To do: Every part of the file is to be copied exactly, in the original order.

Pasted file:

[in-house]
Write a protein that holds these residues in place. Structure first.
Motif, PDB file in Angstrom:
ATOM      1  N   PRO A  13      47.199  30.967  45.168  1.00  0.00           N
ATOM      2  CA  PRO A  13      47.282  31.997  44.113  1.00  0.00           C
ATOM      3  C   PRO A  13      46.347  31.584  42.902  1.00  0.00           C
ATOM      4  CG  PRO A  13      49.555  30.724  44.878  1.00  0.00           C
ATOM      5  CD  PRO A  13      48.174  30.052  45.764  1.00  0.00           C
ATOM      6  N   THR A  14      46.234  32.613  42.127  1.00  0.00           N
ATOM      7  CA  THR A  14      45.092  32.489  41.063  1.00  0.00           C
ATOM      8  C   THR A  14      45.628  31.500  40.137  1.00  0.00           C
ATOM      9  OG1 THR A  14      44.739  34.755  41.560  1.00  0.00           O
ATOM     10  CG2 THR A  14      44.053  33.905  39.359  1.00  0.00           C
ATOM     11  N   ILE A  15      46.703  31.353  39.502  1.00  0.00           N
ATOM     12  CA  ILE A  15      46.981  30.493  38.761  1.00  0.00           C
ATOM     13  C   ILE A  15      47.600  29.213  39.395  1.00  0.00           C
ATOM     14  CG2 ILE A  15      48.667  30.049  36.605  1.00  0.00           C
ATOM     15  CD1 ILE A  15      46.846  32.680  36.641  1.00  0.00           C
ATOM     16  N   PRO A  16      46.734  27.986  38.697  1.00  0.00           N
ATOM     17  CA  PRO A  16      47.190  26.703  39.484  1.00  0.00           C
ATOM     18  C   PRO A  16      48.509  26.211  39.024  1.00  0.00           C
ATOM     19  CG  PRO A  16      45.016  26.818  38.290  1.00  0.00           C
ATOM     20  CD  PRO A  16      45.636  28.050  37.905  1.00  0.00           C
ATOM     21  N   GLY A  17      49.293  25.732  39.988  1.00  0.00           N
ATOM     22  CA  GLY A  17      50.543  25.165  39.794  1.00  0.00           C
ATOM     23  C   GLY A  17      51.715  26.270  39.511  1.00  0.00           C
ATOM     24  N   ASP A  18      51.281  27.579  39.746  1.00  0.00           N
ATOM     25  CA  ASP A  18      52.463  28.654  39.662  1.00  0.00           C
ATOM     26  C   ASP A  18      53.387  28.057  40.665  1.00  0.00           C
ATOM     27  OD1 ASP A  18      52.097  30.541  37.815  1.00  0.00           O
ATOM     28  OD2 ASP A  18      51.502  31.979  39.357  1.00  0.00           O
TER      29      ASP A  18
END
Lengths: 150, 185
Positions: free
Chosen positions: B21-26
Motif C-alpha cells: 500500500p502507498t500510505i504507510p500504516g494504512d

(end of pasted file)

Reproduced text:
[in-house]
Write a protein that holds these residues in place. Structure first.
Motif, PDB file in Angstrom:
ATOM      1  N   PRO A  13      47.199  30.967  45.168  1.00  0.00           N
ATOM      2  CA  PRO A  13      47.282  31.997  44.113  1.00  0.00           C
ATOM      3  C   PRO A  13      46.347  31.584  42.902  1.00  0.00           C
ATOM      4  CG  PRO A  13      49.555  30.724  44.878  1.00  0.00           C
ATOM      5  CD  PRO A  13      48.174  30.052  45.764  1.00  0.00           C
ATOM      6  N   THR A  14      46.234  32.613  42.127  1.00  0.00           N
ATOM      7  CA  THR A  14      45.092  32.489  41.063  1.00  0.00           C
ATOM      8  C   THR A  14      45.628  31.500  40.137  1.00  0.00           C
ATOM      9  OG1 THR A  14      44.739  34.755  41.560  1.00  0.00           O
ATOM     10  CG2 THR A  14      44.053  33.905  39.359  1.00  0.00           C
ATOM     11  N   ILE A  15      46.703  31.353  39.502  1.00  0.00           N
ATOM     12  CA  ILE A  15      46.981  30.493  38.761  1.00  0.00           C
ATOM     13  C   ILE A  15      47.600  29.213  39.395  1.00  0.00           C
ATOM     14  CG2 ILE A  15      48.667  30.049  36.605  1.00  0.00           C
ATOM     15  CD1 ILE A  15      46.846  32.680  36.641  1.00  0.00           C
ATOM     16  N   PRO A  16      46.734  27.986  38.697  1.00  0.00           N
ATOM     17  CA  PRO A  16      47.190  26.703  39.484  1.00  0.00           C
ATOM     18  C   PRO A  16      48.509  26.211  39.024  1.00  0.00           C
ATOM     19  CG  PRO A  16      45.016  26.818  38.290  1.00  0.00           C
ATOM     20  CD  PRO A  16      45.636  28.050  37.905  1.00  0.00           C
ATOM     21  N   GLY A  17      49.293  25.732  39.988  1.00  0.00           N
ATOM     22  CA  GLY A  17      50.543  25.165  39.794  1.00  0.00           C
ATOM     23  C   GLY A  17      51.715  26.270  39.511  1.00  0.00           C
ATOM     24  N   ASP A  18      51.281  27.579  39.746  1.00  0.00           N
ATOM     25  CA  ASP A  18      52.463  28.654  39.662  1.00  0.00           C
ATOM     26  C   ASP A  18      53.387  28.057  40.665  1.00  0.00           C
ATOM     27  OD1 ASP A  18      52.097  30.541  37.815  1.00  0.00           O
ATOM     28  OD2 ASP A  18      51.502  31.979  39.357  1.00  0.00           O
TER      29      ASP A  18
END
Lengths: 150, 185
Positions: free
Chosen positions: B21-26
Motif C-alpha cells: 500500500p502507498t500510505i504507510p500504516g494504512d